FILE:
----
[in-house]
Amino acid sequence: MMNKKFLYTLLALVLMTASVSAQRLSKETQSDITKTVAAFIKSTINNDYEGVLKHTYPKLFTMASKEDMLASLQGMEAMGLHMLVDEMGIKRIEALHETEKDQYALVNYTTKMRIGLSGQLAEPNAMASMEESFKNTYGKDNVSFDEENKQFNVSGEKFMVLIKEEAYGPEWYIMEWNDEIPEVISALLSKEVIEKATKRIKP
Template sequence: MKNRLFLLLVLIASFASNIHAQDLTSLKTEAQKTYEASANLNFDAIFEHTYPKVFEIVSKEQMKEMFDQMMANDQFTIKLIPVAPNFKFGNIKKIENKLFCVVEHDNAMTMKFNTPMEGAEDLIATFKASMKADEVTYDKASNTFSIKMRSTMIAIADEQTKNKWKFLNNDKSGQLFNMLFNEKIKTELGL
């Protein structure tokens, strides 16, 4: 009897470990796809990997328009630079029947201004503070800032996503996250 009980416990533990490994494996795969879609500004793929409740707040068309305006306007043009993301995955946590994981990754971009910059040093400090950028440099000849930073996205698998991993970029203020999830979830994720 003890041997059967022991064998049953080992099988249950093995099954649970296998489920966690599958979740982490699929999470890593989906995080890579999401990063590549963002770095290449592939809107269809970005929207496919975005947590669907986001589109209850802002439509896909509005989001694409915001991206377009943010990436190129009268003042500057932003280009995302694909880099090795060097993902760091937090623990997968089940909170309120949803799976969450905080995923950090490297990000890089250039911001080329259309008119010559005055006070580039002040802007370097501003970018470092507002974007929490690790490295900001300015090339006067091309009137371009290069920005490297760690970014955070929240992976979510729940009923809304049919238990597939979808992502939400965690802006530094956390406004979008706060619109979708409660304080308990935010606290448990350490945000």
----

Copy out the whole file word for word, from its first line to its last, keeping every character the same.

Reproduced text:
[in-house]
Amino acid sequence: MMNKKFLYTLLALVLMTASVSAQRLSKETQSDITKTVAAFIKSTINNDYEGVLKHTYPKLFTMASKEDMLASLQGMEAMGLHMLVDEMGIKRIEALHETEKDQYALVNYTTKMRIGLSGQLAEPNAMASMEESFKNTYGKDNVSFDEENKQFNVSGEKFMVLIKEEAYGPEWYIMEWNDEIPEVISALLSKEVIEKATKRIKP
Template sequence: MKNRLFLLLVLIASFASNIHAQDLTSLKTEAQKTYEASANLNFDAIFEHTYPKVFEIVSKEQMKEMFDQMMANDQFTIKLIPVAPNFKFGNIKKIENKLFCVVEHDNAMTMKFNTPMEGAEDLIATFKASMKADEVTYDKASNTFSIKMRSTMIAIADEQTKNKWKFLNNDKSGQLFNMLFNEKIKTELGL
């Protein structure tokens, strides 16, 4: 009897470990796809990997328009630079029947201004503070800032996503996250 009980416990533990490994494996795969879609500004793929409740707040068309305006306007043009993301995955946590994981990754971009910059040093400090950028440099000849930073996205698998991993970029203020999830979830994720 003890041997059967022991064998049953080992099988249950093995099954649970296998489920966690599958979740982490699929999470890593989906995080890579999401990063590549963002770095290449592939809107269809970005929207496919975005947590669907986001589109209850802002439509896909509005989001694409915001991206377009943010990436190129009268003042500057932003280009995302694909880099090795060097993902760091937090623990997968089940909170309120949803799976969450905080995923950090490297990000890089250039911001080329259309008119010559005055006070580039002040802007370097501003970018470092507002974007929490690790490295900001300015090339006067091309009137371009290069920005490297760690970014955070929240992976979510729940009923809304049919238990597939979808992502939400965690802006530094956390406004979008706060619109979708409660304080308990935010606290448990350490945000």